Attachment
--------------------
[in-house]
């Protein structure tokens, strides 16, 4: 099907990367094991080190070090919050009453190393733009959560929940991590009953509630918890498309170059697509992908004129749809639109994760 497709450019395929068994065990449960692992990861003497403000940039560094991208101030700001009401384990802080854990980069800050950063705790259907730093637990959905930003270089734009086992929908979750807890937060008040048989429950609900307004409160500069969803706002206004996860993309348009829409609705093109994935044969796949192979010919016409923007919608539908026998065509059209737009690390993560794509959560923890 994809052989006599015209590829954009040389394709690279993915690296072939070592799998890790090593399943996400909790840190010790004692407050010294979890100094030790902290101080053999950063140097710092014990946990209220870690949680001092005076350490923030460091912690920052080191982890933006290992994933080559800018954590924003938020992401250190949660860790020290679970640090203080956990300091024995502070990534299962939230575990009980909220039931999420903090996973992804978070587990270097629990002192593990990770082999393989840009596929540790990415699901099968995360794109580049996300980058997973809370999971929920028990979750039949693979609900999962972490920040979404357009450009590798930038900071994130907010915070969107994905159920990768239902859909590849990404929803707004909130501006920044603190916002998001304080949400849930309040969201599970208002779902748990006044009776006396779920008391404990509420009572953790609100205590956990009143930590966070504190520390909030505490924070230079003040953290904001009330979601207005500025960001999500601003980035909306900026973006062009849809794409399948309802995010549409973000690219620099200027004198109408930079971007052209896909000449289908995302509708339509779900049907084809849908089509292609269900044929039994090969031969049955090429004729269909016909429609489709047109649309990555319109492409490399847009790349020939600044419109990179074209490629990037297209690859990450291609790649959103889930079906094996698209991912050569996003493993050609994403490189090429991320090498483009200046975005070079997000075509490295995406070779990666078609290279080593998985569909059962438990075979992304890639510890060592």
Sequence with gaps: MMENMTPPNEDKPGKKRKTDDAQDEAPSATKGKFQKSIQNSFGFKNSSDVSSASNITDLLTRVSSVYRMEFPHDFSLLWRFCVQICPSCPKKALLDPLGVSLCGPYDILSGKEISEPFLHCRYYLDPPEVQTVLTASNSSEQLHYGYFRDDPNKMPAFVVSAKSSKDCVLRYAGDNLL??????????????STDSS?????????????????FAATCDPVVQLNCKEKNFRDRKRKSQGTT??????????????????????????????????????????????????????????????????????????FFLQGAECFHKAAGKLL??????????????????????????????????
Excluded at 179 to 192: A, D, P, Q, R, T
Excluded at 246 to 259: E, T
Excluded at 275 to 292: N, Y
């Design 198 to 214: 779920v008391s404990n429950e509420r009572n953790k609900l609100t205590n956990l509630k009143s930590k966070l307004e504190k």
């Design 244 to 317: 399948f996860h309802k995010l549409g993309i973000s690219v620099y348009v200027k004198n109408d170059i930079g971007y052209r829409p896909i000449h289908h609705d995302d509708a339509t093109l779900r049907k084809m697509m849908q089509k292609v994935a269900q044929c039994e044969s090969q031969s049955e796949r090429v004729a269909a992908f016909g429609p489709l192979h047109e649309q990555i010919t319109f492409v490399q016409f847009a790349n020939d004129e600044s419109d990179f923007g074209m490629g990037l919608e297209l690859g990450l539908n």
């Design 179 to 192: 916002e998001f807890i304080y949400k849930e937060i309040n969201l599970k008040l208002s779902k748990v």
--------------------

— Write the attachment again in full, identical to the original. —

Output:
[in-house]
């Protein structure tokens, strides 16, 4: 099907990367094991080190070090919050009453190393733009959560929940991590009953509630918890498309170059697509992908004129749809639109994760 497709450019395929068994065990449960692992990861003497403000940039560094991208101030700001009401384990802080854990980069800050950063705790259907730093637990959905930003270089734009086992929908979750807890937060008040048989429950609900307004409160500069969803706002206004996860993309348009829409609705093109994935044969796949192979010919016409923007919608539908026998065509059209737009690390993560794509959560923890 994809052989006599015209590829954009040389394709690279993915690296072939070592799998890790090593399943996400909790840190010790004692407050010294979890100094030790902290101080053999950063140097710092014990946990209220870690949680001092005076350490923030460091912690920052080191982890933006290992994933080559800018954590924003938020992401250190949660860790020290679970640090203080956990300091024995502070990534299962939230575990009980909220039931999420903090996973992804978070587990270097629990002192593990990770082999393989840009596929540790990415699901099968995360794109580049996300980058997973809370999971929920028990979750039949693979609900999962972490920040979404357009450009590798930038900071994130907010915070969107994905159920990768239902859909590849990404929803707004909130501006920044603190916002998001304080949400849930309040969201599970208002779902748990006044009776006396779920008391404990509420009572953790609100205590956990009143930590966070504190520390909030505490924070230079003040953290904001009330979601207005500025960001999500601003980035909306900026973006062009849809794409399948309802995010549409973000690219620099200027004198109408930079971007052209896909000449289908995302509708339509779900049907084809849908089509292609269900044929039994090969031969049955090429004729269909016909429609489709047109649309990555319109492409490399847009790349020939600044419109990179074209490629990037297209690859990450291609790649959103889930079906094996698209991912050569996003493993050609994403490189090429991320090498483009200046975005070079997000075509490295995406070779990666078609290279080593998985569909059962438990075979992304890639510890060592």
Sequence with gaps: MMENMTPPNEDKPGKKRKTDDAQDEAPSATKGKFQKSIQNSFGFKNSSDVSSASNITDLLTRVSSVYRMEFPHDFSLLWRFCVQICPSCPKKALLDPLGVSLCGPYDILSGKEISEPFLHCRYYLDPPEVQTVLTASNSSEQLHYGYFRDDPNKMPAFVVSAKSSKDCVLRYAGDNLL??????????????STDSS?????????????????FAATCDPVVQLNCKEKNFRDRKRKSQGTT??????????????????????????????????????????????????????????????????????????FFLQGAECFHKAAGKLL??????????????????????????????????
Excluded at 179 to 192: A, D, P, Q, R, T
Excluded at 246 to 259: E, T
Excluded at 275 to 292: N, Y
């Design 198 to 214: 779920v008391s404990n429950e509420r009572n953790k609900l609100t205590n956990l509630k009143s930590k966070l307004e504190k």
């Design 244 to 317: 399948f996860h309802k995010l549409g993309i973000s690219v620099y348009v200027k004198n109408d170059i930079g971007y052209r829409p896909i000449h289908h609705d995302d509708a339509t093109l779900r049907k084809m697509m849908q089509k292609v994935a269900q044929c039994e044969s090969q031969s049955e796949r090429v004729a269909a992908f016909g429609p489709l192979h047109e649309q990555i010919t319109f492409v490399q016409f847009a790349n020939d004129e600044s419109d990179f923007g074209m490629g990037l919608e297209l690859g990450l539908n």
């Design 179 to 192: 916002e998001f807890i304080y949400k849930e937060i309040n969201l599970k008040l208002s779902k748990v």